Kristof and others represent the liberal end of the spectrum on Palestine and Israel—they are no more pro-Palestinian or anti-Israel than Secretary of State Hillary Clinton is. The attacks on those espousing the mainstream view of the conflict continue, because this strategy is effective in making writers and advocates think twice before criticizing Israel’s intransigence. As I noted, Kristof’s odd apology and his effort to always create a sense of false power balance are sad responses to those attacks.

In Kristof’s column, you find two separate instances of this. In case you missed it in the introduction, you can be reminded in the body how Palestinians have contributed to their own occupation. Of course, Palestinians warrant no apologies. As Kristof notes, everyone knows that Palestinian men are too “hotheaded” to lead his conception of a non-violent movement—that’s why it must be led by woman and notably labeled as Gandhian and MLK-esque, not cast in indigenous terms. A non-violent movement would have to be cleansed of whatever Israelis and Americans find disconcerting at any given time. As we all know, the standard empty rhetoric about Palestinian rights and humanity is merely a nod to political correctness that belongs in speeches and preambles about Middle East peace only but with no policy parallel.

Exaggerated attacks push discourse further to the right

Granted, the two state solution, and the series of processes named for nice cities to visit in Europe that facilitates it, are abject failure. Of course to most objective observers at this very late date, its been revealed that the process may have never had anything more as goal than to allow Israel time to create the master-colonial mode for its final boundaries, and the Bantustan state they’d leave behind as “Palestine”. 

But the most insidious effect of these exaggerated attacks on the mildest criticisms of Israel within the rubric of the two state solution, is to move the frame of potential public discussion further and further to the right, where even the centermost view is seen as dangerous radicalism. Kristof has learned his lesson as I noted. Despite being exonerated, Kushner also walked back some of his previous remarks, and publicly trashed the BDS movement. And J Street’s numerous retreats are now well known. The list goes on. Invariably, the most basic ideas must be defended constantly: that Palestinians deserve self-governance; that to back such a belief isn’t anti-semitic; that Israel’s claim to be the state of the Jewish people AND a democracy can’t be reconciled; that the occupation never abated, and that there is no state in either Gaza or the West Bank, nor much chance of one due to the indelible effects of five decades of colonialism.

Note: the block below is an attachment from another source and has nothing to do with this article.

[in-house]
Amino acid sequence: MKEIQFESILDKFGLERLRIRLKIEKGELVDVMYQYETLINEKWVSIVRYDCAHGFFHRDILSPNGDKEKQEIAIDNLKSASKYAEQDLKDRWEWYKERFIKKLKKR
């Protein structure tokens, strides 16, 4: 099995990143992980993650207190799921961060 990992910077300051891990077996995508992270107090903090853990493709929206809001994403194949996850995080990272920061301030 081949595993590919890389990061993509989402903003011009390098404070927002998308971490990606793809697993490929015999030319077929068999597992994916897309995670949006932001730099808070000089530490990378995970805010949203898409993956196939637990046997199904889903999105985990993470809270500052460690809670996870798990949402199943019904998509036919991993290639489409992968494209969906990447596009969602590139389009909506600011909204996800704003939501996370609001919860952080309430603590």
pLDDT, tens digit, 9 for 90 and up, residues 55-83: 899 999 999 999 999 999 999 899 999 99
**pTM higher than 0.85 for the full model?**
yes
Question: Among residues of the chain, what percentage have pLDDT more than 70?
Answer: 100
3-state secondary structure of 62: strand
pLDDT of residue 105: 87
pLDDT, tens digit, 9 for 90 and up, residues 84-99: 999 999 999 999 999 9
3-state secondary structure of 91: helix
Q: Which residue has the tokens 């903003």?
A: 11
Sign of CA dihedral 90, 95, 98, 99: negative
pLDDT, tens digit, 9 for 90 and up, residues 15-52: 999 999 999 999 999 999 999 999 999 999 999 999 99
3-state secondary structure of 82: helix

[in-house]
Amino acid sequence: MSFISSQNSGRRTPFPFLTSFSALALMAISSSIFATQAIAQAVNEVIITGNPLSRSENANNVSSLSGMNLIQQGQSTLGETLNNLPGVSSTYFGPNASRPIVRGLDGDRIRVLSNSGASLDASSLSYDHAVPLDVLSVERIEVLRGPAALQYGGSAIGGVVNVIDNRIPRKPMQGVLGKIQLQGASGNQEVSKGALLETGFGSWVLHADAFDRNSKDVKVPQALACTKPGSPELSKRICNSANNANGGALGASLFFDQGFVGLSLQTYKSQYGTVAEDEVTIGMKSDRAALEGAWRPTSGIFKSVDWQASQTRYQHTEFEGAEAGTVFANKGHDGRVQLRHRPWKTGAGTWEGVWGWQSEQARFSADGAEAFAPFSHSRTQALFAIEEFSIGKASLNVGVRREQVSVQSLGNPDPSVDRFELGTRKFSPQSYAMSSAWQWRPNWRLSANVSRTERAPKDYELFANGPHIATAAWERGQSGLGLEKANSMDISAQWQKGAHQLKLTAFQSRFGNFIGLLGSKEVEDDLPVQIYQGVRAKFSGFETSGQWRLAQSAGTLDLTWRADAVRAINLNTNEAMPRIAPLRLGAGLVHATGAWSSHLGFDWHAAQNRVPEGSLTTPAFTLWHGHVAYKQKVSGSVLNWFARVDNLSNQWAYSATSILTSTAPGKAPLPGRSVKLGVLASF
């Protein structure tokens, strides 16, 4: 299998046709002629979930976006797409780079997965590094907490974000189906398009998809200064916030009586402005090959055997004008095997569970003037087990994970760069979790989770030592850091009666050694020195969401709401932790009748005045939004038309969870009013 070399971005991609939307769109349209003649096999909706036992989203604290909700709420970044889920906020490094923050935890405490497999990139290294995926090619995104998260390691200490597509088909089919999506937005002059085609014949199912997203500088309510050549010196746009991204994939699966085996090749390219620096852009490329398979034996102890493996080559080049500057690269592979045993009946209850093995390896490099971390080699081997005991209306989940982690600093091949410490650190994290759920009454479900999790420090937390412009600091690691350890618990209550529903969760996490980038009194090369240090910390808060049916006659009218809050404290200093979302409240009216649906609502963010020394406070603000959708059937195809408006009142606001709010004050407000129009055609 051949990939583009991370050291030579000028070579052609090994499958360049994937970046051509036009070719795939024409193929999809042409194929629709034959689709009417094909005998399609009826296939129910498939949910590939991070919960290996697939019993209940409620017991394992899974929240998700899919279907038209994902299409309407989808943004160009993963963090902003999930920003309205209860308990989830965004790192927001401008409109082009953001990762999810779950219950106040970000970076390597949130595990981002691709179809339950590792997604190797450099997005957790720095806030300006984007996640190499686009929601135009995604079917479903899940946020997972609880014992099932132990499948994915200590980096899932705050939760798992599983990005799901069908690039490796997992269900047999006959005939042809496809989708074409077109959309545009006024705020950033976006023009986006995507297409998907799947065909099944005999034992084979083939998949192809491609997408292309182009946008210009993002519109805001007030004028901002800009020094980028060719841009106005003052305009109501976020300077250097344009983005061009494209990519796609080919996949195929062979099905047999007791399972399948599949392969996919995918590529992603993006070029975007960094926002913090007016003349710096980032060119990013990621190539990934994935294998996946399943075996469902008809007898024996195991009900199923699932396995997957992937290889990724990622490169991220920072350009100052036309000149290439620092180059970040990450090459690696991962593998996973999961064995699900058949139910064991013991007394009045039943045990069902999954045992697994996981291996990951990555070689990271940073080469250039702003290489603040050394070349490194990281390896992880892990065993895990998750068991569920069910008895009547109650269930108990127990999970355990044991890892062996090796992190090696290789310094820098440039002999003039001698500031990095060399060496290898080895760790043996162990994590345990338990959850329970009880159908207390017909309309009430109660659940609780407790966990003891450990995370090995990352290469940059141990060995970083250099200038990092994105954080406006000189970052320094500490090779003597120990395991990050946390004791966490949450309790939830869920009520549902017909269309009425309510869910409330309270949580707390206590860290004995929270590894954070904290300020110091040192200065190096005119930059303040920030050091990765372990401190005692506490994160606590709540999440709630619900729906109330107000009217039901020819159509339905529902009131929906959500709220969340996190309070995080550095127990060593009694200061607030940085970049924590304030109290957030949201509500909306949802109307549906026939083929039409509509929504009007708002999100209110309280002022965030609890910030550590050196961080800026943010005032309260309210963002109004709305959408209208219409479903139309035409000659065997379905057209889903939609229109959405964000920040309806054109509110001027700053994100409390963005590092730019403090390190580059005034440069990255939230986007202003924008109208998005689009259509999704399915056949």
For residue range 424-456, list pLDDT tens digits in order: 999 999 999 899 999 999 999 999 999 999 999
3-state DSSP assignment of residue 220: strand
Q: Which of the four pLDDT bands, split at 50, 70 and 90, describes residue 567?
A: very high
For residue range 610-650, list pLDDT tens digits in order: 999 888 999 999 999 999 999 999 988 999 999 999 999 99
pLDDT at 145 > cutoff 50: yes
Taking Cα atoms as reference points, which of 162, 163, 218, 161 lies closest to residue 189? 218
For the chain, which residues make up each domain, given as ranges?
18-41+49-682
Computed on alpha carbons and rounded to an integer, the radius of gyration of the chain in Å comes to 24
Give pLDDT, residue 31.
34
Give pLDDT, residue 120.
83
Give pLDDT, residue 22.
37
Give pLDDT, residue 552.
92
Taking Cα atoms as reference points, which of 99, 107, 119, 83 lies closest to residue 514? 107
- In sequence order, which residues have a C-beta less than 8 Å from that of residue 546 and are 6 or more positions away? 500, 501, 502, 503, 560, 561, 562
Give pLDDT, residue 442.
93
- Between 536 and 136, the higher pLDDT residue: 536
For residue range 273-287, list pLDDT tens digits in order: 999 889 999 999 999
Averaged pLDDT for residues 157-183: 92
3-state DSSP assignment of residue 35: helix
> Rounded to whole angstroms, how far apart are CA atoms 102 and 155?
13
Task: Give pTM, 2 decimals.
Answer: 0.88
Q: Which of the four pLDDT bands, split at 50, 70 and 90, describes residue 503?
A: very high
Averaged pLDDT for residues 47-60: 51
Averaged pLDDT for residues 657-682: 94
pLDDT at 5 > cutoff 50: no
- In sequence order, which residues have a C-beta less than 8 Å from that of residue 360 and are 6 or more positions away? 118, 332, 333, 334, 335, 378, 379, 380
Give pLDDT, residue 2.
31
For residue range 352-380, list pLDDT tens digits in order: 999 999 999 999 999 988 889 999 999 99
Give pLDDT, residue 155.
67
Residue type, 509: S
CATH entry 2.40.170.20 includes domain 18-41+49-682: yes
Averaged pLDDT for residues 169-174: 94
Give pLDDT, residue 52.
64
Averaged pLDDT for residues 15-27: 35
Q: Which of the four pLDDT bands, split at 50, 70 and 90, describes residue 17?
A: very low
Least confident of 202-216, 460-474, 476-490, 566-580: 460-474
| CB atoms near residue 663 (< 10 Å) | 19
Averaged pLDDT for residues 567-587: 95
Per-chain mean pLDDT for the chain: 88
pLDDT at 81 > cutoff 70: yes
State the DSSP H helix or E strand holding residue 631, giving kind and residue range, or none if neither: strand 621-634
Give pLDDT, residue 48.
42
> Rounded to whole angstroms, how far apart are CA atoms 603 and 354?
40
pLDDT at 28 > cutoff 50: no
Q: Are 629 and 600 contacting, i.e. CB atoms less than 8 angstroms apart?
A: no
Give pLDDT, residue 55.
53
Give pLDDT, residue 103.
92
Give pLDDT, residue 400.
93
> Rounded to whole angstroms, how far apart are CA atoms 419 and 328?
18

These must first be defended tooth and nail to even get to the point where one can criticize the myriad things wrong with the two state solution and “peace” processes. This is one reason why a one-state solution has remained for so long the stuff of fairy tales for “serious” commenters, analysts and policymakers of the conflict. It is tough enough just getting the most blatantly unfair solution for Palestinians accepted as anything but the work of Jew-hating subversives.

A logical solution that would relieve Israel of its apartheid burden, and finally bring democracy to historical Palestine while observing international law, really can be made to seem like it could only be the unthinkable and catastrophic alternative to the two state solution.

Comments

I agree with some of what you say, but let me ask you (as long as you see this comment, I guess... It's an old post):

Maybe you and the other writers of this blog want what you see as the only logical and fair thing to do--a one-state solution. But do you think the majority of Palestinians want the same thing? Do you think once the seeds of a Palestinian State have been planted, there's any way most Palestinians will say they prefer to be "Israelis"?

Also, as you may or may not know, Israel discriminates against Israelis who didn't serve in the military, so you can bet the government will find a way to discriminate against Arab citizens. You will have a Palestinian nation within the state, where everyone is discriminated against by the state, and the dream of a separate Palestinian state will just be postponed.